The National Theatre of Scotland announces that despite its dwindling real-terms budget, it will not be selling premium tickets including champagne picnics for Graham Eatough’s promenade show at North Kelvin Meadows about the world of a young man with autism, The Reason I Jump. Meanwhile, by strange coincidence, Sting’s musical about the death of the shipbuilding industry, The Last Ship, sails into Edinburgh’s Festival Theatre in the same week that the Playhouse hosts Titanic, The Musical. Plans to stage both shows together at Leith Docks, launching and sinking the same ship each evening, are abandoned after it emerges that tickets for the event would cost several thousands of pounds.


Holidays. Rain and wind. Except at Pitlochry, where the sun shines, and five summer shows are now up and running.


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Edinburgh Festival director Fergus Linehan decides it’s time for Scottish theatre to break its silence on the subject of Brexit, and announces a site-specific pop-up event on Salisbury Crags, featuring the work of 50 leading international playwrights, and entitled “50 Ways To Jump Of A Cliff”. Oddly, this strange spectacle becomes a huge commercial success despite being staged for free, as audience members stuff large amounts of money into donation buckets marked, “The Edinburgh International Festival, Keeping You Sane In Ridiculous Times.”


The Citizens’ moves out of its home in the Gorbals to make way for a two-year rebuilding project, and launches Dominic Hill’s first production at the Tramway – Edwin Morgan’s 1990s version of Cyrano De Bergerac – in conjunction with a travel company offering cheap holidays in Gascony. Culture minister Fiona Hyslop finally intervenes to say that enough is enough, persuades the Scottish Government to increase arts funding by 50 per cent, and gives Creative Scotland a sharp talking-to about making its funding decisions on schedule in future.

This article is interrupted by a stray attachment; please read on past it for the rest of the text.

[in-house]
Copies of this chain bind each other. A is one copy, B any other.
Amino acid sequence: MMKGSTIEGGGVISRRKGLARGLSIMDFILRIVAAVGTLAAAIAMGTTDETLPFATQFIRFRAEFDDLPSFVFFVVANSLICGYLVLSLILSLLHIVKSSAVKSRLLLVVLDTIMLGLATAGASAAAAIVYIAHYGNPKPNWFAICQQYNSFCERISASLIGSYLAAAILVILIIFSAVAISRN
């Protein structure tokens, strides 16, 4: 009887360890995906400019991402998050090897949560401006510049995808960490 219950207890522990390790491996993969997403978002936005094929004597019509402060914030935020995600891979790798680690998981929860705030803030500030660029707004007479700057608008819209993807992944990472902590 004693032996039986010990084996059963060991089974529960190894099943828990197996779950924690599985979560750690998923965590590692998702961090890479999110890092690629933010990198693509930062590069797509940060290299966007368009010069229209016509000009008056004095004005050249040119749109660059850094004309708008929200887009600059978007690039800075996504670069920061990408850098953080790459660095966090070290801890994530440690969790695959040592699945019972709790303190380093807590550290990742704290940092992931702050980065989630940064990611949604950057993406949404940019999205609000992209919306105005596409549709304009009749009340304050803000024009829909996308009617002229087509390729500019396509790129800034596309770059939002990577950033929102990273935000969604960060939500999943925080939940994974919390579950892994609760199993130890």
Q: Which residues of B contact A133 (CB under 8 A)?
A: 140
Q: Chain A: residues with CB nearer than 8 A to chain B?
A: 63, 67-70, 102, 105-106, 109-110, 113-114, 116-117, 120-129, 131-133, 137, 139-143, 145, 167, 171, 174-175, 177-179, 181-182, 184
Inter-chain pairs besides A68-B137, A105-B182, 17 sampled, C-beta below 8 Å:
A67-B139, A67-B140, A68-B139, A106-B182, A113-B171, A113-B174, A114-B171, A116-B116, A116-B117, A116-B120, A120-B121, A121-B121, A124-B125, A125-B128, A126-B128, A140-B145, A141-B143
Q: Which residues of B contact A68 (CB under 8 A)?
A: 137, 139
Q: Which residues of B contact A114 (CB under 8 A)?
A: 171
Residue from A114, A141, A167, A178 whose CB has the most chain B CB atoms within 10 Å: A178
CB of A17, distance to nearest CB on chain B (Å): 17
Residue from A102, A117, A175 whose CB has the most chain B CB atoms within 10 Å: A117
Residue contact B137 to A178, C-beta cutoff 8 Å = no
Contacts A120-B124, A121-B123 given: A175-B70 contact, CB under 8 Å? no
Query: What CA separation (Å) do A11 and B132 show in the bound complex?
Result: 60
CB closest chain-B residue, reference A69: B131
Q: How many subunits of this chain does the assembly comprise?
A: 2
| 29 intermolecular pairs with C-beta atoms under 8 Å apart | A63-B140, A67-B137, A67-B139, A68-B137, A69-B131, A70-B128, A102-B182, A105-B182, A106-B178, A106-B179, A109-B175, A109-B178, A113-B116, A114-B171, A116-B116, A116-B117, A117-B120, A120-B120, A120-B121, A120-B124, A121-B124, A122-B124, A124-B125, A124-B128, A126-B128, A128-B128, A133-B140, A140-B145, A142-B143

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The National Theatre of Scotland launches its Futureproof Festival, featuring ten large-scale shows made by leading international experimental theatre companies, by and with young people at ten locations across Scotland. The result is a such an explosively entertaining indictment of the very concept of “exploitation” – of people, of the planet, and of public assets in general – that no-one in Scottish theatre ever dares to mention the word again. Except at Pitlochry, of course, where exploitation of the theatre’s splendid location on the banks of the Tummel continues apace, and brings in loads of money.


Panto rehearsals. Frost and wind.


As the panto season gets under way, First Minister Nicola Sturgeon makes a state visit to Beauty And The Beast at the King’s Theatre in Edinburgh, and is relieved to note that the Ugly Sisters are not called Nicola and Ruth, as they were in last year’s Cinderella. At the pre-show drinks reception, Festival City Theatres boss Duncan Hendry almost explains how the King’s team are hoping to exploit its fine city centre location to transform it into a throbbing hub of Edinburgh life, with gorgeous cafes and bars, and a glass rooftop function room. In the light of the year’s events, though, he thinks of another word for “exploit,” leaving many of those present to wonder whether changing the language of management in the arts is a pointless cosmetic exercise – or whether, just sometimes, it might represent a genuine fresh start, at the dawn of another new year. ■

All shows will take place at the times and places mentioned here, except the fantasy Edinburgh International Festival show on Salisbury Crags, which is a work of fiction